In the sound department, stereo hi-fi sound from a VCR is really very good, but again it’s no match for six channels of Dolby Digital surround sound that virtually every modern DVD movie release has on its soundtrack. The first thing to make sure of in a DVD player is that it will play back Dolby Digital 5.1-channel surround sound — as well as dts surround, Dolby’s competitor. Almost all DVD players will pass these multi-channel audio signals via a coaxial cable or a "Toslink" optical cable to your A/V surround sound receiver. Even if you haven’t got a surround sound unit yet, a DVD player will still deliver a stereo audio signal that you can feed to your stereo amplifier until you can afford to upgrade to a Dolby Digital surround receiver.

So what video features do you look for and what does more money buy in a DVD player? First, a short course in connections: Even the most basic DVD player (or VCR) will have a "composite-video" output (an RCA jack just like the jacks on your CD player), which will give you a very good picture on your TV. All TV sets except very old, basic models have a composite-video input. The next level up is called "S-Video." It’s a single cable with a multi-pin connector that separates the color signal from the brightness signal. Your TV or receiver must have S-video inputs if you are to benefit from the significantly better picture that S-video connectors will deliver. S-video connectors have become quite common on even inexpensive DVD players and new TV sets.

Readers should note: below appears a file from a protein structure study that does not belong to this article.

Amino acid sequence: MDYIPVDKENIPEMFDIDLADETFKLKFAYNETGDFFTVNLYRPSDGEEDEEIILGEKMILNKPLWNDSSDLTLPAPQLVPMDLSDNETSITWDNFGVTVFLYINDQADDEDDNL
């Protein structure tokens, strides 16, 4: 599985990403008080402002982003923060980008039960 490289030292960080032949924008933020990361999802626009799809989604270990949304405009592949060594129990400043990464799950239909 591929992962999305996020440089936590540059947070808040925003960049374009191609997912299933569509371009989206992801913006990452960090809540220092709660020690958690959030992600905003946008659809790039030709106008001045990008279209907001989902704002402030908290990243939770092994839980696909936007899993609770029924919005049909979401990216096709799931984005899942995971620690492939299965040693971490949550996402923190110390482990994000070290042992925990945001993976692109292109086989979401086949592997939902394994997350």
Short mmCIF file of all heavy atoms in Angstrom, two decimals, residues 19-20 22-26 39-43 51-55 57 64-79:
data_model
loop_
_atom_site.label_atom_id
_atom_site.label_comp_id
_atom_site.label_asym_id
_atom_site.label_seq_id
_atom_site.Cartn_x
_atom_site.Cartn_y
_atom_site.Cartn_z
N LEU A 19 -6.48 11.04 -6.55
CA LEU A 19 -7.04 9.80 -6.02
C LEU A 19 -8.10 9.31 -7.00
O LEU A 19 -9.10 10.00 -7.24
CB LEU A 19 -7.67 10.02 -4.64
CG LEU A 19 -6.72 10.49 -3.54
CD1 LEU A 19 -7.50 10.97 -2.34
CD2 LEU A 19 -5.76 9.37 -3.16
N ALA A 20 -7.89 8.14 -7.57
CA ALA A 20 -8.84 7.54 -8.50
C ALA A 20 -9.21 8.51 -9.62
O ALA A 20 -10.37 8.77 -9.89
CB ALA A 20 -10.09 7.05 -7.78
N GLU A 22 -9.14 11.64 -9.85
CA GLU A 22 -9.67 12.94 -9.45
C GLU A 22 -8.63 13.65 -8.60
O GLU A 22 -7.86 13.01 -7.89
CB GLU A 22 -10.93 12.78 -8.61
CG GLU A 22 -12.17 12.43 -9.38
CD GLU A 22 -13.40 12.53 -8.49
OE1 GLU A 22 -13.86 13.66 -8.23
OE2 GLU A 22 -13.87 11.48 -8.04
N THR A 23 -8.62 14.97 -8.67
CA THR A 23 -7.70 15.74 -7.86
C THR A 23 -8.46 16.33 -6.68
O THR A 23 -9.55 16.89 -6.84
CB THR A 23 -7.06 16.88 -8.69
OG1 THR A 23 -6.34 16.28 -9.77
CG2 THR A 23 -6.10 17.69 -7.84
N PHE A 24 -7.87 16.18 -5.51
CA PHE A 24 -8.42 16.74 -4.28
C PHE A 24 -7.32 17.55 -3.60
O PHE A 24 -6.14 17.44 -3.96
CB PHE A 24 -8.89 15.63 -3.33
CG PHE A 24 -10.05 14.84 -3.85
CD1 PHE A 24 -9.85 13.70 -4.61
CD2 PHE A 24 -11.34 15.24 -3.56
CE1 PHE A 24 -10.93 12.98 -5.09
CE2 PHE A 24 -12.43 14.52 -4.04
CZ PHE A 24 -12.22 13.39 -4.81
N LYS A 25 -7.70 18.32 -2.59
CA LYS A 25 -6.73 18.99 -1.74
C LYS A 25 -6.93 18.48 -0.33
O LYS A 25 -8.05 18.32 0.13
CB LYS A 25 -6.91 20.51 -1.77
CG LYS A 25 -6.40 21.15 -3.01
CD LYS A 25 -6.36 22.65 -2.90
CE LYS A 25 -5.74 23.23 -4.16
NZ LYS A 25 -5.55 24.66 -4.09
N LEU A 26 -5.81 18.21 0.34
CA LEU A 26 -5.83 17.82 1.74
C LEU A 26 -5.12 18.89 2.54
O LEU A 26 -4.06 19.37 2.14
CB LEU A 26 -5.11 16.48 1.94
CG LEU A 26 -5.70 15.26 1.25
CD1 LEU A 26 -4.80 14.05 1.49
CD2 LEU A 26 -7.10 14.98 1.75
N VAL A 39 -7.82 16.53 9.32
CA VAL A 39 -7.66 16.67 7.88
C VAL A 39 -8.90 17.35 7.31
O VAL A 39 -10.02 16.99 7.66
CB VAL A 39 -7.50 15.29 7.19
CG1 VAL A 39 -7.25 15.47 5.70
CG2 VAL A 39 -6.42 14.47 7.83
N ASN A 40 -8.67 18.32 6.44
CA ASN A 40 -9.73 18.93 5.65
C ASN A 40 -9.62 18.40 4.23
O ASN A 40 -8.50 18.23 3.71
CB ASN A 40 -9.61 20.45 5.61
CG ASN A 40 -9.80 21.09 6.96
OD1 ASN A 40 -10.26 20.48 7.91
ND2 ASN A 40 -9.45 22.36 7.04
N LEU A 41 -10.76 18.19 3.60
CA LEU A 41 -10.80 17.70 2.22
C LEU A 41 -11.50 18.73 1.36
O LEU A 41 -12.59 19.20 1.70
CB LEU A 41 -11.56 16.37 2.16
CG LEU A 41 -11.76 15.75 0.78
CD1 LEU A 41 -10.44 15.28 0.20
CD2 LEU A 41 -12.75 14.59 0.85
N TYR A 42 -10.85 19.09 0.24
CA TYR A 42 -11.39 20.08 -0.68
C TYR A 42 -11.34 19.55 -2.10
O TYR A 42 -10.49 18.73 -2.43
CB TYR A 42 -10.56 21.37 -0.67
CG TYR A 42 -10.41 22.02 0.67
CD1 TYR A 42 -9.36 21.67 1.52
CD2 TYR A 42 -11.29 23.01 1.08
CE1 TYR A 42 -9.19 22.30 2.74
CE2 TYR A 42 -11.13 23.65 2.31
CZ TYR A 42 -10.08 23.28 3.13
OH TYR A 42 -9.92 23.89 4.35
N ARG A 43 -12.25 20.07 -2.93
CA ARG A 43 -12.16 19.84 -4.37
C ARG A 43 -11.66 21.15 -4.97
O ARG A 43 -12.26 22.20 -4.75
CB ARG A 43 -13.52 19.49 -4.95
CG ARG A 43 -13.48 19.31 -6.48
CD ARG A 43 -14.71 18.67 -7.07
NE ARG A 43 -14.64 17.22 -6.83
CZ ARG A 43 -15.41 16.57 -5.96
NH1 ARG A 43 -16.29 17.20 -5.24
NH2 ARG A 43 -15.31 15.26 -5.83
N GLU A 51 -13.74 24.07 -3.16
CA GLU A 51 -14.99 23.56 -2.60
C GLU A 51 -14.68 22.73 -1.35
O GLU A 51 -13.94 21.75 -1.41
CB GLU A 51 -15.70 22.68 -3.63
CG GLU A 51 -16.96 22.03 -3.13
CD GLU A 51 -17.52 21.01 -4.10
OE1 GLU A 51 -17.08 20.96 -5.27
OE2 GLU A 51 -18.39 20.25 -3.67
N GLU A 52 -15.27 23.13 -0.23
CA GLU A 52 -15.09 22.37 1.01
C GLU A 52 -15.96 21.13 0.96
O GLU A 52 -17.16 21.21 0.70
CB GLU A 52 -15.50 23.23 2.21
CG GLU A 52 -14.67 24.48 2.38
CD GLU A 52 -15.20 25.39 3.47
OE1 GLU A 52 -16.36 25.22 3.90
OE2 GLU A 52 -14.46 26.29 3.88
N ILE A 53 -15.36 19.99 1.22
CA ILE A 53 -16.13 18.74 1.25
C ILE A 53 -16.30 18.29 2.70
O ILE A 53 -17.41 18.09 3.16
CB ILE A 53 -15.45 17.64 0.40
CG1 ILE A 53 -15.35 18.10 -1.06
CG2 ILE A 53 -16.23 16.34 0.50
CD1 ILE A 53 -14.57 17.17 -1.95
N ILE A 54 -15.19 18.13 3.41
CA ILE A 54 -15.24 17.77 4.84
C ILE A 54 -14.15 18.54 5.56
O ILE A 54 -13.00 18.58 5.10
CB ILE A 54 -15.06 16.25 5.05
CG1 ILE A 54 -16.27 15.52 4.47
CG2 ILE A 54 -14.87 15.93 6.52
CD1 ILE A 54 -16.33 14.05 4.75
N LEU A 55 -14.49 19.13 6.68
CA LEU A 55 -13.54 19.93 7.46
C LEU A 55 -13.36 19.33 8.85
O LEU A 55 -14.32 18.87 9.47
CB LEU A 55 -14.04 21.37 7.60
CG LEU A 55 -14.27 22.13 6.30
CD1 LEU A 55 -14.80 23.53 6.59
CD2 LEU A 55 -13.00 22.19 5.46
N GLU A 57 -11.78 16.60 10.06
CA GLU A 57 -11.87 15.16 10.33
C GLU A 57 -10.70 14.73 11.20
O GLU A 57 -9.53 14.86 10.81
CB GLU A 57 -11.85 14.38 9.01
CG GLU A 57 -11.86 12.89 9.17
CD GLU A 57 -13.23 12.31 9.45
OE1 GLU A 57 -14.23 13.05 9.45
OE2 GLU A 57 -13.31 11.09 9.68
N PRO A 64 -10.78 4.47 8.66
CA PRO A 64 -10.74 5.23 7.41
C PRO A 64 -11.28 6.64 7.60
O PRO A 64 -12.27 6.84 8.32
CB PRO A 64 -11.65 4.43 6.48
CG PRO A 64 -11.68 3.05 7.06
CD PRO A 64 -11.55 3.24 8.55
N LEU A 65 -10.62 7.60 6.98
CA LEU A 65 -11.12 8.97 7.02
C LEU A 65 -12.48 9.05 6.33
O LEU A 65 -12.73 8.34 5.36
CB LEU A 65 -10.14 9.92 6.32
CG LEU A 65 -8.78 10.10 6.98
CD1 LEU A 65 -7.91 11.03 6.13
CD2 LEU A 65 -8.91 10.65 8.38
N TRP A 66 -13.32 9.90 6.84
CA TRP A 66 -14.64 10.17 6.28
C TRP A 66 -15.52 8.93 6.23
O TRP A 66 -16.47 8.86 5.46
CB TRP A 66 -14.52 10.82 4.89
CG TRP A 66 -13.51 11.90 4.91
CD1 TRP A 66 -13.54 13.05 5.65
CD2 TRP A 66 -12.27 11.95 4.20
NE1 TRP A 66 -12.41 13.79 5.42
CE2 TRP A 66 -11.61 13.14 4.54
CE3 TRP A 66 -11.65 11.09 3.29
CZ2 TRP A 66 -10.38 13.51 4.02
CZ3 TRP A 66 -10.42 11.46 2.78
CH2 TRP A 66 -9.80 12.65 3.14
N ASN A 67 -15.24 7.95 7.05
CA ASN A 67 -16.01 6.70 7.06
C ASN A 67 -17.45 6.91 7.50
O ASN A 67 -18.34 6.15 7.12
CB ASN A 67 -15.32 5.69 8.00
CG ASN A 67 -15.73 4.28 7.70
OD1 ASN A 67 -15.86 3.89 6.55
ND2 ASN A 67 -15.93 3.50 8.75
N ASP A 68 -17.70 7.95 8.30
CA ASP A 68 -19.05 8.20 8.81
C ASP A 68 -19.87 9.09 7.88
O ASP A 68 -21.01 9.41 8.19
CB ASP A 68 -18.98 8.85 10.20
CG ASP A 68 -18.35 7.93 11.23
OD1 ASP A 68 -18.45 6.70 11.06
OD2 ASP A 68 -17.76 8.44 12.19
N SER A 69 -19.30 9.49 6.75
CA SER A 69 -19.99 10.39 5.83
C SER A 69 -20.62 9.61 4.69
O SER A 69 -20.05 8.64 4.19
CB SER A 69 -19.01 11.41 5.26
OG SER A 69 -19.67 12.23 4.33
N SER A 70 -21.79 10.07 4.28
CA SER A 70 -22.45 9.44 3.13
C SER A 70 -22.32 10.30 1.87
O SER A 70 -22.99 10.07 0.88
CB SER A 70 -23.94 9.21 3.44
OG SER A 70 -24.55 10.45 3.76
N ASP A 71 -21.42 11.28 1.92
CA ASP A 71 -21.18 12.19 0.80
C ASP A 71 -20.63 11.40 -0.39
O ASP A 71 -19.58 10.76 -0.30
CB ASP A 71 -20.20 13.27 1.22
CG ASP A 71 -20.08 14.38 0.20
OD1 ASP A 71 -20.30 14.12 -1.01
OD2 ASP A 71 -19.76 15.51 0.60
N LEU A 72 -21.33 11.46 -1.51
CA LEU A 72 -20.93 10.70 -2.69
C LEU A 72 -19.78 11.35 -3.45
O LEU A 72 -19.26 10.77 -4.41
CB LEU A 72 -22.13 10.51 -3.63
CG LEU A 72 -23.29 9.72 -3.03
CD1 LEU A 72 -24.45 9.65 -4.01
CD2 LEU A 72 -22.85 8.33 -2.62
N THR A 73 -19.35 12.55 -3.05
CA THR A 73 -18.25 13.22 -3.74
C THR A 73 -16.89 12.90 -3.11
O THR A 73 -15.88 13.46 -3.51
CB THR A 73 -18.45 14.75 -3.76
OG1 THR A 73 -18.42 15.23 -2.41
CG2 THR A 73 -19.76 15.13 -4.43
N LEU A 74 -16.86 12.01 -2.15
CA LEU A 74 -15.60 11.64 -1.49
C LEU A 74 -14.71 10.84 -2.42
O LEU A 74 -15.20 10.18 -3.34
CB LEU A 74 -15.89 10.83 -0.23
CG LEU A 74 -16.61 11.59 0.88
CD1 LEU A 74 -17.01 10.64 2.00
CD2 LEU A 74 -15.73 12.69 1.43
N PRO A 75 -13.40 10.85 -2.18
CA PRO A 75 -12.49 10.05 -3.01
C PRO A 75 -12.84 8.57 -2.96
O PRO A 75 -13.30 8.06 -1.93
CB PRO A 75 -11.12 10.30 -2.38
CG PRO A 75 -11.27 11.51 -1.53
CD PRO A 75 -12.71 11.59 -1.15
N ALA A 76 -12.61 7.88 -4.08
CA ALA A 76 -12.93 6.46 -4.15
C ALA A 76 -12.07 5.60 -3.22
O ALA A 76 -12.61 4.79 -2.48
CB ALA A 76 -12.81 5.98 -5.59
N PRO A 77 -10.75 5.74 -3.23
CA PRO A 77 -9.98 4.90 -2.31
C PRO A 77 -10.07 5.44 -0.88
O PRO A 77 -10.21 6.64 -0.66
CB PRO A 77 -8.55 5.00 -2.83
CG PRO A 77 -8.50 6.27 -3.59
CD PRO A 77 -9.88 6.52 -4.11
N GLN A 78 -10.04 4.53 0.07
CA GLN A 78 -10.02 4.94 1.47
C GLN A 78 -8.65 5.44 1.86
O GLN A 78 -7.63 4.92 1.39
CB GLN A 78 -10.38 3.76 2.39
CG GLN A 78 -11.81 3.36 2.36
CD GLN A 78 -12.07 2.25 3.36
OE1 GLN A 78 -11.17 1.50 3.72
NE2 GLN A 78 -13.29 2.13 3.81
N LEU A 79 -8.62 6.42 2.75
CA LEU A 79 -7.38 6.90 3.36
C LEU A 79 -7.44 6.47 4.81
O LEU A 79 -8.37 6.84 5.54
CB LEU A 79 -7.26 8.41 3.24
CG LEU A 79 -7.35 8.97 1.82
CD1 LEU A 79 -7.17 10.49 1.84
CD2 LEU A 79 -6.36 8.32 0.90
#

At the top of the scale are "component-video" connectors, a set of three RCA cables, usually color-coded red, green, and blue for each primary color signal that makes up the TV image. These will yield the absolute top picture quality, especially with large-screen TV sets of all types. However, your TV must have the same set of component-video inputs to benefit from the picture improvements.